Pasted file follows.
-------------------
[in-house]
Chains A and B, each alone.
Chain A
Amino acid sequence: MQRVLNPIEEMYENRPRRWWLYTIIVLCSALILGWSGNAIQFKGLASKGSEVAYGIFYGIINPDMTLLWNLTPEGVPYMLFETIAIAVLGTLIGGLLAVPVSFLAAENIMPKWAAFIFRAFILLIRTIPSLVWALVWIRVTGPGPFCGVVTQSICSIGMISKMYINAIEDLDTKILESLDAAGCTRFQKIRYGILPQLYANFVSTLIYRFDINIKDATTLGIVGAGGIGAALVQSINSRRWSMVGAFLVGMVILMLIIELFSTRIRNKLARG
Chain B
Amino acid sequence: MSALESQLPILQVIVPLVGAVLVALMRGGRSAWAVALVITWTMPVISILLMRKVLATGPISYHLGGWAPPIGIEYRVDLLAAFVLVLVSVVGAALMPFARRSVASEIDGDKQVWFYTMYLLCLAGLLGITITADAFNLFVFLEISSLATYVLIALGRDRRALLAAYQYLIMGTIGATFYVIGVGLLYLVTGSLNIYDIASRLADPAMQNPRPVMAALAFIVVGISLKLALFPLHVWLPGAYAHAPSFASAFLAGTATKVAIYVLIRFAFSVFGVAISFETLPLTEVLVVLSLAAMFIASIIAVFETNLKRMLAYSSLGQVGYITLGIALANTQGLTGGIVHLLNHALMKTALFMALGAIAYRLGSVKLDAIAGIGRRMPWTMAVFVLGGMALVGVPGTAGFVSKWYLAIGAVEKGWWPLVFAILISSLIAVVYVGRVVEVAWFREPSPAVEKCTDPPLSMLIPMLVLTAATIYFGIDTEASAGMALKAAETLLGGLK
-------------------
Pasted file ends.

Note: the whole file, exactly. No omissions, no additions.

[in-house]
Chains A and B, each alone.
Chain A
Amino acid sequence: MQRVLNPIEEMYENRPRRWWLYTIIVLCSALILGWSGNAIQFKGLASKGSEVAYGIFYGIINPDMTLLWNLTPEGVPYMLFETIAIAVLGTLIGGLLAVPVSFLAAENIMPKWAAFIFRAFILLIRTIPSLVWALVWIRVTGPGPFCGVVTQSICSIGMISKMYINAIEDLDTKILESLDAAGCTRFQKIRYGILPQLYANFVSTLIYRFDINIKDATTLGIVGAGGIGAALVQSINSRRWSMVGAFLVGMVILMLIIELFSTRIRNKLARG
Chain B
Amino acid sequence: MSALESQLPILQVIVPLVGAVLVALMRGGRSAWAVALVITWTMPVISILLMRKVLATGPISYHLGGWAPPIGIEYRVDLLAAFVLVLVSVVGAALMPFARRSVASEIDGDKQVWFYTMYLLCLAGLLGITITADAFNLFVFLEISSLATYVLIALGRDRRALLAAYQYLIMGTIGATFYVIGVGLLYLVTGSLNIYDIASRLADPAMQNPRPVMAALAFIVVGISLKLALFPLHVWLPGAYAHAPSFASAFLAGTATKVAIYVLIRFAFSVFGVAISFETLPLTEVLVVLSLAAMFIASIIAVFETNLKRMLAYSSLGQVGYITLGIALANTQGLTGGIVHLLNHALMKTALFMALGAIAYRLGSVKLDAIAGIGRRMPWTMAVFVLGGMALVGVPGTAGFVSKWYLAIGAVEKGWWPLVFAILISSLIAVVYVGRVVEVAWFREPSPAVEKCTDPPLSMLIPMLVLTAATIYFGIDTEASAGMALKAAETLLGGLK